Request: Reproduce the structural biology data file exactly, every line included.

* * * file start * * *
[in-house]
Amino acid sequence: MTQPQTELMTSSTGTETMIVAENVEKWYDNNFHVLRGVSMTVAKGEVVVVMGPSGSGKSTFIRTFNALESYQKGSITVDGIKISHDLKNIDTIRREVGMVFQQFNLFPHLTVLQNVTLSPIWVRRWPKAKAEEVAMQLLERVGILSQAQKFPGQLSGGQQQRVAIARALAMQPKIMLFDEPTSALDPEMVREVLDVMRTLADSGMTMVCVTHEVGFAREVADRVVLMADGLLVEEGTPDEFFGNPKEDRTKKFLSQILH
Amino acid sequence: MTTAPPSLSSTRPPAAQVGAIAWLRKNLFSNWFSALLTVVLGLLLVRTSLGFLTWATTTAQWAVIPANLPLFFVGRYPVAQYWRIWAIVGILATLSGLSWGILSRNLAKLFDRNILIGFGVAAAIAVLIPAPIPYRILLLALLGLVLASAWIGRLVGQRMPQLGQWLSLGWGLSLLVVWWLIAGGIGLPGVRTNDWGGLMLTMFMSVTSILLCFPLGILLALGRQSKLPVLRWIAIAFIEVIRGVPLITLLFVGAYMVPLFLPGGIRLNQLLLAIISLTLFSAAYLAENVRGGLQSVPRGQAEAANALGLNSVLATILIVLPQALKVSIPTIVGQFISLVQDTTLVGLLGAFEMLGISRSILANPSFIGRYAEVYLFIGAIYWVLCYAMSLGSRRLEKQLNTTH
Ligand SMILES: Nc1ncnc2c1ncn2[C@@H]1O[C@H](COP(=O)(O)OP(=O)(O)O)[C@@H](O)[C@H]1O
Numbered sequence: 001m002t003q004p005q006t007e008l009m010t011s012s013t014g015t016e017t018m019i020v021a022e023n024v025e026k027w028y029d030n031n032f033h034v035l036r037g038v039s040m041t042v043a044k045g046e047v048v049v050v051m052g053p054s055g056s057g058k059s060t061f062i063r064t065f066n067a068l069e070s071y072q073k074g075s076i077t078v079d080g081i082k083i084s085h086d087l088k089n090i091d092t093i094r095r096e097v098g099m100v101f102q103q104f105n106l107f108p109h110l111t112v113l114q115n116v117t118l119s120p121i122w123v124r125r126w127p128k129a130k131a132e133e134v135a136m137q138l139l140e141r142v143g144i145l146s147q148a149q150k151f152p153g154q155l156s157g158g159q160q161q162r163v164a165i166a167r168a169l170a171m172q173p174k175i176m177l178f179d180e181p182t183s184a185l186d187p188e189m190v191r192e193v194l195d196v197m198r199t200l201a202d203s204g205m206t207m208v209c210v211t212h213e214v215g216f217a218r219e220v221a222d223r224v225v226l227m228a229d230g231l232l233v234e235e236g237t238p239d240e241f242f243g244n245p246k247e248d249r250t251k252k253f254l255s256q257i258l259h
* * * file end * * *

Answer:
[in-house]
Amino acid sequence: MTQPQTELMTSSTGTETMIVAENVEKWYDNNFHVLRGVSMTVAKGEVVVVMGPSGSGKSTFIRTFNALESYQKGSITVDGIKISHDLKNIDTIRREVGMVFQQFNLFPHLTVLQNVTLSPIWVRRWPKAKAEEVAMQLLERVGILSQAQKFPGQLSGGQQQRVAIARALAMQPKIMLFDEPTSALDPEMVREVLDVMRTLADSGMTMVCVTHEVGFAREVADRVVLMADGLLVEEGTPDEFFGNPKEDRTKKFLSQILH
Amino acid sequence: MTTAPPSLSSTRPPAAQVGAIAWLRKNLFSNWFSALLTVVLGLLLVRTSLGFLTWATTTAQWAVIPANLPLFFVGRYPVAQYWRIWAIVGILATLSGLSWGILSRNLAKLFDRNILIGFGVAAAIAVLIPAPIPYRILLLALLGLVLASAWIGRLVGQRMPQLGQWLSLGWGLSLLVVWWLIAGGIGLPGVRTNDWGGLMLTMFMSVTSILLCFPLGILLALGRQSKLPVLRWIAIAFIEVIRGVPLITLLFVGAYMVPLFLPGGIRLNQLLLAIISLTLFSAAYLAENVRGGLQSVPRGQAEAANALGLNSVLATILIVLPQALKVSIPTIVGQFISLVQDTTLVGLLGAFEMLGISRSILANPSFIGRYAEVYLFIGAIYWVLCYAMSLGSRRLEKQLNTTH
Ligand SMILES: Nc1ncnc2c1ncn2[C@@H]1O[C@H](COP(=O)(O)OP(=O)(O)O)[C@@H](O)[C@H]1O
Numbered sequence: 001m002t003q004p005q006t007e008l009m010t011s012s013t014g015t016e017t018m019i020v021a022e023n024v025e026k027w028y029d030n031n032f033h034v035l036r037g038v039s040m041t042v043a044k045g046e047v048v049v050v051m052g053p054s055g056s057g058k059s060t061f062i063r064t065f066n067a068l069e070s071y072q073k074g075s076i077t078v079d080g081i082k083i084s085h086d087l088k089n090i091d092t093i094r095r096e097v098g099m100v101f102q103q104f105n106l107f108p109h110l111t112v113l114q115n116v117t118l119s120p121i122w123v124r125r126w127p128k129a130k131a132e133e134v135a136m137q138l139l140e141r142v143g144i145l146s147q148a149q150k151f152p153g154q155l156s157g158g159q160q161q162r163v164a165i166a167r168a169l170a171m172q173p174k175i176m177l178f179d180e181p182t183s184a185l186d187p188e189m190v191r192e193v194l195d196v197m198r199t200l201a202d203s204g205m206t207m208v209c210v211t212h213e214v215g216f217a218r219e220v221a222d223r224v225v226l227m228a229d230g231l232l233v234e235e236g237t238p239d240e241f242f243g244n245p246k247e248d249r250t251k252k253f254l255s256q257i258l259h